The vehicle operator is preferably provided with a switching control circuit allowing initiation of the automatic alignment sequence on command during operation.

When the previously-described articulated lift frame is utilized, a switch control circuit is provided which automatically activates alignment correction when the implement is raised upwardly into transport position. The raising of the implement is accomplished by separate hydraulic cylinder, and a separate associated electric fluid flow control valve. With the two valves, and the two circuits, simultaneously initiated, the misalignment is corrected during the lift of the implement to its carrying position.

It is therefore the principal object of the invention to provide an automatic towing alignment control system for snow grooming devices, not requiring visual attention to misalignment by the operator during alignment correction.


In the drawings which represent the best modes presently contemplated for carrying out the invention,

FIG. 1 is a side elevation view of a snow groomer tow frame alignment device in accordance with the invention, shown in use being towed by a vehicle and trailing a snow grooming tiller, drawn to a reduced scale,

FIG. 2 a vertical, longitudinal, cross sectional view of a fragment of the frame alignment device of FIG. 1 also schematically indicating the vehicle mounted control valve and relay associated with the device, drawn to a larger scale than FIG. 1,

FIG. 3 a top plan view of the frame alignment device of FIG. 1, drawn to approximately the scale of FIG. 2,

FIG. 4 a perspective view of a fragment of the alignment device of FIG. 1, showing the conductive shield used to activate the proximity switches, drawn to a larger scale than FIG. 2,

FIG. 5 a top plan view of the fragment of FIG. 4, drawn to approximately the same scale,

FIG. 6 a front elevation view of the fragment of FIG. 4, drawn to approximately the same scale,

FIG. 7 a front elevation view of the foremost end of the frame stem of the alignment device of FIG. 3, taken along line 7--7 thereof, showing the forward faces of the proximity switches, drawn to the approximate scale of FIG. 4,

FIG. 8 a perspective view of one of the proximity switches utilized in the device of FIG. 1, drawn to approximately full scale, and

FIG. 9 a schematic diagram showing the proximity switches, and associated relay and operator switch along with the electric fluid control valve.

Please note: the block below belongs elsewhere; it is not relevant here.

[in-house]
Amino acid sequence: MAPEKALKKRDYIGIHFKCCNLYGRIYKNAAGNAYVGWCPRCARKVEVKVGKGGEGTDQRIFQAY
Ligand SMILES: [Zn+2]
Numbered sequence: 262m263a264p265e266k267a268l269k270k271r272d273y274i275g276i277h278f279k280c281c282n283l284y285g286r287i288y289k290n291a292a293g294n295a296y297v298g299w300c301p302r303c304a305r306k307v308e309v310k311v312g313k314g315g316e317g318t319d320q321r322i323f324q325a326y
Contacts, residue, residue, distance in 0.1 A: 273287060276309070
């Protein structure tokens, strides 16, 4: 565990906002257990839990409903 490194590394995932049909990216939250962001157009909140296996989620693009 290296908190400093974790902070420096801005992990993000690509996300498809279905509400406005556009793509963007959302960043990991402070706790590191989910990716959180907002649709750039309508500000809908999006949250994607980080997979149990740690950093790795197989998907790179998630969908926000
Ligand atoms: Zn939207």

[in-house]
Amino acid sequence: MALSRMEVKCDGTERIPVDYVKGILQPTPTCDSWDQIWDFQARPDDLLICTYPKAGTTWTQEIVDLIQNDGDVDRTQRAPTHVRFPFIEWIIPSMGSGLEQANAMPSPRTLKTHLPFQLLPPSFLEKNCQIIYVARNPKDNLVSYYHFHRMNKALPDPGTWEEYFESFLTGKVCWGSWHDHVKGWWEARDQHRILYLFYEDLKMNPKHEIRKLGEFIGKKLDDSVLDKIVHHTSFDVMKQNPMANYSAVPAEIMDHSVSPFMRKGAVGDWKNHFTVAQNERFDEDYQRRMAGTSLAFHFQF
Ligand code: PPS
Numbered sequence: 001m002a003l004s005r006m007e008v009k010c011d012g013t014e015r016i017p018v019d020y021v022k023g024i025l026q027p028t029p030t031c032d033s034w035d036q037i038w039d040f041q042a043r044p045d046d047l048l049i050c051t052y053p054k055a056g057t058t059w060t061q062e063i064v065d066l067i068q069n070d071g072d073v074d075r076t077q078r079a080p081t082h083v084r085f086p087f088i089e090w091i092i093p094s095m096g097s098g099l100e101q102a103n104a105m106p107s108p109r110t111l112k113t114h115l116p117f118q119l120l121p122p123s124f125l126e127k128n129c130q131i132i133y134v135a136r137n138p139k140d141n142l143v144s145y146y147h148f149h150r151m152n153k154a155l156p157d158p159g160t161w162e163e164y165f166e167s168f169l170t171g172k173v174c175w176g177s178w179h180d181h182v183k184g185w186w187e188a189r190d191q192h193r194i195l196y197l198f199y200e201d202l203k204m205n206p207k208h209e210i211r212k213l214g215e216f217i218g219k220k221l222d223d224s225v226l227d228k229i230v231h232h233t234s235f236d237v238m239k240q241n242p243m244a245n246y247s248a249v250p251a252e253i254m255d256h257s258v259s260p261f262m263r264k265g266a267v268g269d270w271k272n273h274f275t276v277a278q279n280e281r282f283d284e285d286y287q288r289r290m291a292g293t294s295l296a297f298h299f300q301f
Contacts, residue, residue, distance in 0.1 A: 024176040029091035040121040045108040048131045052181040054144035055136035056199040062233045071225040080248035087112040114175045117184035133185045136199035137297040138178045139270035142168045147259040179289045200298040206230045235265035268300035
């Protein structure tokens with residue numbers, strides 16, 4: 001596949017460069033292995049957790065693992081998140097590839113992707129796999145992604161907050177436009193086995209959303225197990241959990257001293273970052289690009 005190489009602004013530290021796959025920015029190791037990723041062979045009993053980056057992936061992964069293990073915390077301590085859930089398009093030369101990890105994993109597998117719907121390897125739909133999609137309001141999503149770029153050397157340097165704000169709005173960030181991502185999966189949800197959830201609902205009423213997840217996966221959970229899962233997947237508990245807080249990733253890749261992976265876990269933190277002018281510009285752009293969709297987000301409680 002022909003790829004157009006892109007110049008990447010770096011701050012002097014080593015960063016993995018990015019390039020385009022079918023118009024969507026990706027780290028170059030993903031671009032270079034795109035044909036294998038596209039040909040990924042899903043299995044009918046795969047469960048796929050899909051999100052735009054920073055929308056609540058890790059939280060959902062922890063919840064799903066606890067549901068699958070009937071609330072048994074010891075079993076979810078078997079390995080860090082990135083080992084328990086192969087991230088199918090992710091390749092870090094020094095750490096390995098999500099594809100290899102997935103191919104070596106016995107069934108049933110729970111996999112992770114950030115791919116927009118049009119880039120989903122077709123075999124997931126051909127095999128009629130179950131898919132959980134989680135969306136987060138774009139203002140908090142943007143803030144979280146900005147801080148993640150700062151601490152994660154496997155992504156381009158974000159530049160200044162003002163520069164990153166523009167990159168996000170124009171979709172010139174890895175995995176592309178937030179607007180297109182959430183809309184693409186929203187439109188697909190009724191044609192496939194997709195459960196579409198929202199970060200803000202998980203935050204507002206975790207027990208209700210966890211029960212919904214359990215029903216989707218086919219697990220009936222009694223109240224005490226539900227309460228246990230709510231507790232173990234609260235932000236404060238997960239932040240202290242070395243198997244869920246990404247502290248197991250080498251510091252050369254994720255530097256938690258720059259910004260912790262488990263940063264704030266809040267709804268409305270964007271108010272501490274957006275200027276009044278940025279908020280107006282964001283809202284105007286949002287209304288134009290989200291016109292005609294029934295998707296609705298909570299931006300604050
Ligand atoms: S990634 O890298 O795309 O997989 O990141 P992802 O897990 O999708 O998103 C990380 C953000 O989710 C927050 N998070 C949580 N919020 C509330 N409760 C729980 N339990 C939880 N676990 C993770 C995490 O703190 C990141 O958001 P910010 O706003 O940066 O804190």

An articulated, automatic centering tow frame 10 is illustrated in FIG. 1 in conjunction with a snow grooming tiller 11, for example. Tow frame 10 comprises a forward crossbar 12 carrying a pair of forwardly extending pivot posts 13 joined by laterally aligned pins 14 to a pair of clevices 15 projecting rearwardly from the frame of a tracked towing vehicle 16. Front cross beam 12 also carries a welded clevice 17 providing a lateral horizontal pivot pin 18 upwardly of, and parallel to, pivot pins 14. Tow frame clevice 17 connects with a lift ram 19 of a hydraulic lift cylinder 20 mounted upon the frame of towing vehicle 16, all used to rotate the frame 10 upwardly about pins 14 for carrying. (FIGS. 1-3)

Side members 21 of clevices 17 are extended rearwardly to join with a vertical pivot sleeve 22 carrying a pivot pin 23. A pair of horizontal upper and lower pivot plates 24 extend forwardly from elongate body stem 25 of tow frame 10, secured by pin 23. A pair of pivot posts 25p on cross beam 12 provide for connection of rams 26 of a pair of hydraulic centering cylinders 27 secured at their rearmost ends to a pair of pivot posts 28 on opposite sides of tow frame stem 25. A system of hoses 30 supply high pressure hydraulic fluid to the double-acting cylinders 27, so that tow frame 10 is urged by rams 26 to rotate about vertical pivot 23 toward a position of correct alignment. As discussed in greater detail below, an electric hydraulic fluid control valve 31 mounted on vehicle 16 is used to direct fluid to the cylinders 27 for this alignment adjustment. (FIGS. 1 and 2)

Various state of the art components may be used to manage a flow of high pressure fluid (provided by a vehicle mounted pump) to cause the cylinders 27 to bring the frame 10 into aligned position. In one satisfactory embodiment, a 3-position four-way valve 31 is used, having a contoured, spring centered, solenoid operated spool positioned within a housing to selectively connect passages returning the fluid back to a reservoir, directing it to the pair of hydraulically linked alignment cylinders 27 by way of a path through hoses 30 to cause rams 26 to move as necessary to restore correct alignment to frame 10. Control valve 31 may, for example, be Part No. 87-8050-103, of Rucker Fluid Power, Salt Lake City, Utah. When proper alignment is restored, valve 31 moves to by-pass the high pressure fluid to the reservoir, and to prevent any flow from or to either of the cylinders 27, immobilizing rams 26 and locking stem 25 of frame 10 in aligned position.

Manually operated controls and valving components, not shown, separate from the automatic alignment system, provide open fluid passages between the cylinders 27, so that frame 10 may swing freely about pivot pin 23 as necessary for negotiating sharp turns.

A pair of inductive proximity switches 32 are provided in a front bulkhead 33 of tow frame body stem 25, with active ends 34 facing toward an arcuate metallic shield ("map") 35, centered upon, and fixed to surround, the near side of, pivot sleeve 23. Switches 32 sense misalignment of stem 25, and actuate in response, initiating the above-described re-alignment process.